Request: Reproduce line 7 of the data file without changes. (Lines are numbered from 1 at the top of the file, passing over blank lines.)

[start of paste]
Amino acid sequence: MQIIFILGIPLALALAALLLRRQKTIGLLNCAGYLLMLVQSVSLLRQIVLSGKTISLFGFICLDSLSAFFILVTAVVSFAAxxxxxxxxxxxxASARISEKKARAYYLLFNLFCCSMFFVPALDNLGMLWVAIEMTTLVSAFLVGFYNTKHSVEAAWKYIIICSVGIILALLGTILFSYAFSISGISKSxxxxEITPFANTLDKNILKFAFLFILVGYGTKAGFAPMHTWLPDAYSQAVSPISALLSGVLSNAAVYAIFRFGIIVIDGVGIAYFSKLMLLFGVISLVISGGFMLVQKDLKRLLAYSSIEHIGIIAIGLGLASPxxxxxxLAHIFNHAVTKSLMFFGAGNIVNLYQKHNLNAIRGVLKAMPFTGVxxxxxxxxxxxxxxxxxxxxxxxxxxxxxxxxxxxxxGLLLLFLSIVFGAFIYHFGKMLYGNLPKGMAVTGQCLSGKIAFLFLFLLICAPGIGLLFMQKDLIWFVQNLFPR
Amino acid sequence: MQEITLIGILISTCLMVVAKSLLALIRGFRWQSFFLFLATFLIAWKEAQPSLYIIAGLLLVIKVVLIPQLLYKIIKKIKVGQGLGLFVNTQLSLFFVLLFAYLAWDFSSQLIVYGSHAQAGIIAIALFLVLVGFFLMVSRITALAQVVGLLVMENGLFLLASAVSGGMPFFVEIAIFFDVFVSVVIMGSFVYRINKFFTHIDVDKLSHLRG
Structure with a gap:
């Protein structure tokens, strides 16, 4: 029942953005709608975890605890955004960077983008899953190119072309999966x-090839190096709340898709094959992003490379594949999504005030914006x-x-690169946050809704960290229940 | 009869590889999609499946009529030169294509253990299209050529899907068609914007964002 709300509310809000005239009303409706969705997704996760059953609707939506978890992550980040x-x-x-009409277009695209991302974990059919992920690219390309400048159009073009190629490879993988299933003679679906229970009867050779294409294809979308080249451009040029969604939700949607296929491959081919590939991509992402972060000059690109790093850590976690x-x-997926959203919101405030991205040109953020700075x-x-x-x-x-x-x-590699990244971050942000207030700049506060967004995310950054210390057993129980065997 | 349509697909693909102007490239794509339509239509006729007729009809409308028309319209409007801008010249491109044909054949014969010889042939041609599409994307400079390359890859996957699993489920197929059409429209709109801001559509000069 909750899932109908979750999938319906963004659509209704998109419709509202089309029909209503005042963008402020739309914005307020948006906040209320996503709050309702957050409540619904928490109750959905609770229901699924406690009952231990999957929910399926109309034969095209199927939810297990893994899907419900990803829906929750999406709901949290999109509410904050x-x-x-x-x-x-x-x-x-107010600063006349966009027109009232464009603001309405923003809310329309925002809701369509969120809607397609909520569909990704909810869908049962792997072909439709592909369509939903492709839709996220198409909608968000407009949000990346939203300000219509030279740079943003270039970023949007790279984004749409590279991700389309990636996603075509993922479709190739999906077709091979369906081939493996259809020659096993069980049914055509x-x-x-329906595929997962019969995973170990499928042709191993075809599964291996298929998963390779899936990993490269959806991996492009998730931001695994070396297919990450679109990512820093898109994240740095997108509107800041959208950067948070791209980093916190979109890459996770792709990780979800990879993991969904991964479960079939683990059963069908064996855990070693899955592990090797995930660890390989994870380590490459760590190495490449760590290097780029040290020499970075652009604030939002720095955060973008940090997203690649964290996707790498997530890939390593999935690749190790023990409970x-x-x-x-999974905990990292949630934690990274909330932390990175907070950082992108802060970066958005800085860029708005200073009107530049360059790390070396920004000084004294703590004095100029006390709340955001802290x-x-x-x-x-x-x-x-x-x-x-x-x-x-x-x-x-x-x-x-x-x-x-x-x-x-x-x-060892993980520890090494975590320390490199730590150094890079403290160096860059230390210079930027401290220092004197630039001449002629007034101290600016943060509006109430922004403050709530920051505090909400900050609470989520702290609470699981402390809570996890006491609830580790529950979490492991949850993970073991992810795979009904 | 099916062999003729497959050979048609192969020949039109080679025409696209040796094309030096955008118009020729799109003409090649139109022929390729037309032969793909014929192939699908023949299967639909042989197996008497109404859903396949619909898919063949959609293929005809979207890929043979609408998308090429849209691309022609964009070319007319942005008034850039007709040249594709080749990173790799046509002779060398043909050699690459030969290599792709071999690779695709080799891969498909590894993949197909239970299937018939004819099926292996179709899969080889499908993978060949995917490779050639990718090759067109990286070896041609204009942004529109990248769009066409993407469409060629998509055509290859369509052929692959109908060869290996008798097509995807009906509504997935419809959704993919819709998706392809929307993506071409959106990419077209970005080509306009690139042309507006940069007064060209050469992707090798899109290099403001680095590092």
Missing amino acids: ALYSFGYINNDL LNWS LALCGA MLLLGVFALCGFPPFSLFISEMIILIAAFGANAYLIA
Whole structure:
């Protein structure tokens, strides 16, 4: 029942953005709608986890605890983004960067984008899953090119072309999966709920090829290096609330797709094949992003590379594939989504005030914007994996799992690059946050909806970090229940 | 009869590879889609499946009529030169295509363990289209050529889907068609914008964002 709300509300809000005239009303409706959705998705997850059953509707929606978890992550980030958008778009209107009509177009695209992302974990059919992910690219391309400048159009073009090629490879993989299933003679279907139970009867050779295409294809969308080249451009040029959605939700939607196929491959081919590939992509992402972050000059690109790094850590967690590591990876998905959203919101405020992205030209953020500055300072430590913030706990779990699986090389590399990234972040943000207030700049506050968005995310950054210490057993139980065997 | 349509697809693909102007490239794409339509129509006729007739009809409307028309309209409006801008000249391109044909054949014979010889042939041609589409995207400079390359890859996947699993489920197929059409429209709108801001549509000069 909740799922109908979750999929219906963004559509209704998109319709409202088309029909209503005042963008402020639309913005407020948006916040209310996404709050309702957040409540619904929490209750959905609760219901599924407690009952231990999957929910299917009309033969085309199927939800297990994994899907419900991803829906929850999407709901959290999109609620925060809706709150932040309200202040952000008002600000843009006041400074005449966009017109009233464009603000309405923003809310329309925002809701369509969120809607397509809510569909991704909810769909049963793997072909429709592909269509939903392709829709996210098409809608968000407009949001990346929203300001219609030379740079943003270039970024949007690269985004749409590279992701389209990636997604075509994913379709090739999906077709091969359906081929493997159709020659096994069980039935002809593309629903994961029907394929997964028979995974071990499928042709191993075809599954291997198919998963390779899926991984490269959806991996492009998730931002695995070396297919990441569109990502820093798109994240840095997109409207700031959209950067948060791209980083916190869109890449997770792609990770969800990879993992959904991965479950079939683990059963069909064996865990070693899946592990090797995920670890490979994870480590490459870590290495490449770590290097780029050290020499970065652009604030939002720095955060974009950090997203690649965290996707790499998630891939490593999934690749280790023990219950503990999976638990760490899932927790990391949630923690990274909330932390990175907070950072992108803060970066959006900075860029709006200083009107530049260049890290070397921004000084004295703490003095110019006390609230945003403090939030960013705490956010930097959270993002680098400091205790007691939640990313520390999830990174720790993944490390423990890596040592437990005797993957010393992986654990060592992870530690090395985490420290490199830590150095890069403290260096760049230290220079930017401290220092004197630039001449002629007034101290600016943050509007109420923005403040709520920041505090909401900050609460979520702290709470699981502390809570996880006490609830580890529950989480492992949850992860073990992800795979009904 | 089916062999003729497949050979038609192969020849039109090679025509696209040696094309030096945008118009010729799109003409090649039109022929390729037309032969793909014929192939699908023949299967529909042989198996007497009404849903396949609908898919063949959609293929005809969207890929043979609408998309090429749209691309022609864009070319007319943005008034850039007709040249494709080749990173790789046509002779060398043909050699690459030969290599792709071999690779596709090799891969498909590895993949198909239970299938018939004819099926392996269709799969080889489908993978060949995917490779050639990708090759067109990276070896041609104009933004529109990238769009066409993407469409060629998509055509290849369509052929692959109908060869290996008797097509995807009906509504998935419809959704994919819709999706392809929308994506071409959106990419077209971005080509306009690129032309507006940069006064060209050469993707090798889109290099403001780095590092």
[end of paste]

């Protein structure tokens, strides 16, 4: 029942953005709608986890605890983004960067984008899953090119072309999966709920090829290096609330797709094949992003590379594939989504005030914007994996799992690059946050909806970090229940 | 009869590879889609499946009529030169295509363990289209050529889907068609914008964002 709300509300809000005239009303409706959705998705997850059953509707929606978890992550980030958008778009209107009509177009695209992302974990059919992910690219391309400048159009073009090629490879993989299933003679279907139970009867050779295409294809969308080249451009040029959605939700939607196929491959081919590939992509992402972050000059690109790094850590967690590591990876998905959203919101405020992205030209953020500055300072430590913030706990779990699986090389590399990234972040943000207030700049506050968005995310950054210490057993139980065997 | 349509697809693909102007490239794409339509129509006729007739009809409307028309309209409006801008000249391109044909054949014979010889042939041609589409995207400079390359890859996947699993489920197929059409429209709108801001549509000069 909740799922109908979750999929219906963004559509209704998109319709409202088309029909209503005042963008402020639309913005407020948006916040209310996404709050309702957040409540619904929490209750959905609760219901599924407690009952231990999957929910299917009309033969085309199927939800297990994994899907419900991803829906929850999407709901959290999109609620925060809706709150932040309200202040952000008002600000843009006041400074005449966009017109009233464009603000309405923003809310329309925002809701369509969120809607397509809510569909991704909810769909049963793997072909429709592909269509939903392709829709996210098409809608968000407009949001990346929203300001219609030379740079943003270039970024949007690269985004749409590279992701389209990636997604075509994913379709090739999906077709091969359906081929493997159709020659096994069980039935002809593309629903994961029907394929997964028979995974071990499928042709191993075809599954291997198919998963390779899926991984490269959806991996492009998730931002695995070396297919990441569109990502820093798109994240840095997109409207700031959209950067948060791209980083916190869109890449997770792609990770969800990879993992959904991965479950079939683990059963069909064996865990070693899946592990090797995920670890490979994870480590490459870590290495490449770590290097780029050290020499970065652009604030939002720095955060974009950090997203690649965290996707790499998630891939490593999934690749280790023990219950503990999976638990760490899932927790990391949630923690990274909330932390990175907070950072992108803060970066959006900075860029709006200083009107530049260049890290070397921004000084004295703490003095110019006390609230945003403090939030960013705490956010930097959270993002680098400091205790007691939640990313520390999830990174720790993944490390423990890596040592437990005797993957010393992986654990060592992870530690090395985490420290490199830590150095890069403290260096760049230290220079930017401290220092004197630039001449002629007034101290600016943050509007109420923005403040709520920041505090909401900050609460979520702290709470699981502390809570996880006490609830580890529950989480492992949850992860073990992800795979009904 | 089916062999003729497949050979038609192969020849039109090679025509696209040696094309030096945008118009010729799109003409090649039109022929390729037309032969793909014929192939699908023949299967529909042989198996007497009404849903396949609908898919063949959609293929005809969207890929043979609408998309090429749209691309022609864009070319007319943005008034850039007709040249494709080749990173790789046509002779060398043909050699690459030969290599792709071999690779596709090799891969498909590895993949198909239970299938018939004819099926392996269709799969080889489908993978060949995917490779050639990708090759067109990276070896041609104009933004529109990238769009066409993407469409060629998509055509290849369509052929692959109908060869290996008797097509995807009906509504998935419809959704994919819709999706392809929308994506071409959106990419077209971005080509306009690129032309507006940069006064060209050469993707090798889109290099403001780095590092």